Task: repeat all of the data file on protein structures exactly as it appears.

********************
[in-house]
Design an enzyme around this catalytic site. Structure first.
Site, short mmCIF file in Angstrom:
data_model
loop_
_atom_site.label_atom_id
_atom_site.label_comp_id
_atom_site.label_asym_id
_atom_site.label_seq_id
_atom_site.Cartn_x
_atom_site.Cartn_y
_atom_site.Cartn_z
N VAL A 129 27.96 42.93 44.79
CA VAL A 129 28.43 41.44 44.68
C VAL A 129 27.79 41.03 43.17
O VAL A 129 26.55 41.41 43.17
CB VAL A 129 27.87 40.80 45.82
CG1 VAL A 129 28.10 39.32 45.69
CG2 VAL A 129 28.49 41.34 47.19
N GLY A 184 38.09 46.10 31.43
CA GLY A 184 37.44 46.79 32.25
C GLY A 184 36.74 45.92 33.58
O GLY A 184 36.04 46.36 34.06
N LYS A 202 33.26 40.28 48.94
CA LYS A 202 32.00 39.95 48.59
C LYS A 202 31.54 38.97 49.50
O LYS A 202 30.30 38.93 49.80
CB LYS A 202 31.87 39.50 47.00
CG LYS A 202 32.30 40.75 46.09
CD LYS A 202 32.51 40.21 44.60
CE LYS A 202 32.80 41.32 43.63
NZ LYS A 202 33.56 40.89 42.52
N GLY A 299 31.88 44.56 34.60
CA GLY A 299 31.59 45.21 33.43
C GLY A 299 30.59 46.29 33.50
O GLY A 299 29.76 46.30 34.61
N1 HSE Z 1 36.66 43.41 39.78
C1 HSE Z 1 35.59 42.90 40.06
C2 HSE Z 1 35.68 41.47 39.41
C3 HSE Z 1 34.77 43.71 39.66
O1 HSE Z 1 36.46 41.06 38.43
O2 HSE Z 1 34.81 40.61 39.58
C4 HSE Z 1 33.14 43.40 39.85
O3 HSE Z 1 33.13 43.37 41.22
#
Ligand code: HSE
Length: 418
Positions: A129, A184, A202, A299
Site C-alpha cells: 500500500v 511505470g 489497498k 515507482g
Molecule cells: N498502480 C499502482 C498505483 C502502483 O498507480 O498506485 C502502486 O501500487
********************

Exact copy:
[in-house]
Design an enzyme around this catalytic site. Structure first.
Site, short mmCIF file in Angstrom:
data_model
loop_
_atom_site.label_atom_id
_atom_site.label_comp_id
_atom_site.label_asym_id
_atom_site.label_seq_id
_atom_site.Cartn_x
_atom_site.Cartn_y
_atom_site.Cartn_z
N VAL A 129 27.96 42.93 44.79
CA VAL A 129 28.43 41.44 44.68
C VAL A 129 27.79 41.03 43.17
O VAL A 129 26.55 41.41 43.17
CB VAL A 129 27.87 40.80 45.82
CG1 VAL A 129 28.10 39.32 45.69
CG2 VAL A 129 28.49 41.34 47.19
N GLY A 184 38.09 46.10 31.43
CA GLY A 184 37.44 46.79 32.25
C GLY A 184 36.74 45.92 33.58
O GLY A 184 36.04 46.36 34.06
N LYS A 202 33.26 40.28 48.94
CA LYS A 202 32.00 39.95 48.59
C LYS A 202 31.54 38.97 49.50
O LYS A 202 30.30 38.93 49.80
CB LYS A 202 31.87 39.50 47.00
CG LYS A 202 32.30 40.75 46.09
CD LYS A 202 32.51 40.21 44.60
CE LYS A 202 32.80 41.32 43.63
NZ LYS A 202 33.56 40.89 42.52
N GLY A 299 31.88 44.56 34.60
CA GLY A 299 31.59 45.21 33.43
C GLY A 299 30.59 46.29 33.50
O GLY A 299 29.76 46.30 34.61
N1 HSE Z 1 36.66 43.41 39.78
C1 HSE Z 1 35.59 42.90 40.06
C2 HSE Z 1 35.68 41.47 39.41
C3 HSE Z 1 34.77 43.71 39.66
O1 HSE Z 1 36.46 41.06 38.43
O2 HSE Z 1 34.81 40.61 39.58
C4 HSE Z 1 33.14 43.40 39.85
O3 HSE Z 1 33.13 43.37 41.22
#
Ligand code: HSE
Length: 418
Positions: A129, A184, A202, A299
Site C-alpha cells: 500500500v 511505470g 489497498k 515507482g
Molecule cells: N498502480 C499502482 C498505483 C502502483 O498507480 O498506485 C502502486 O501500487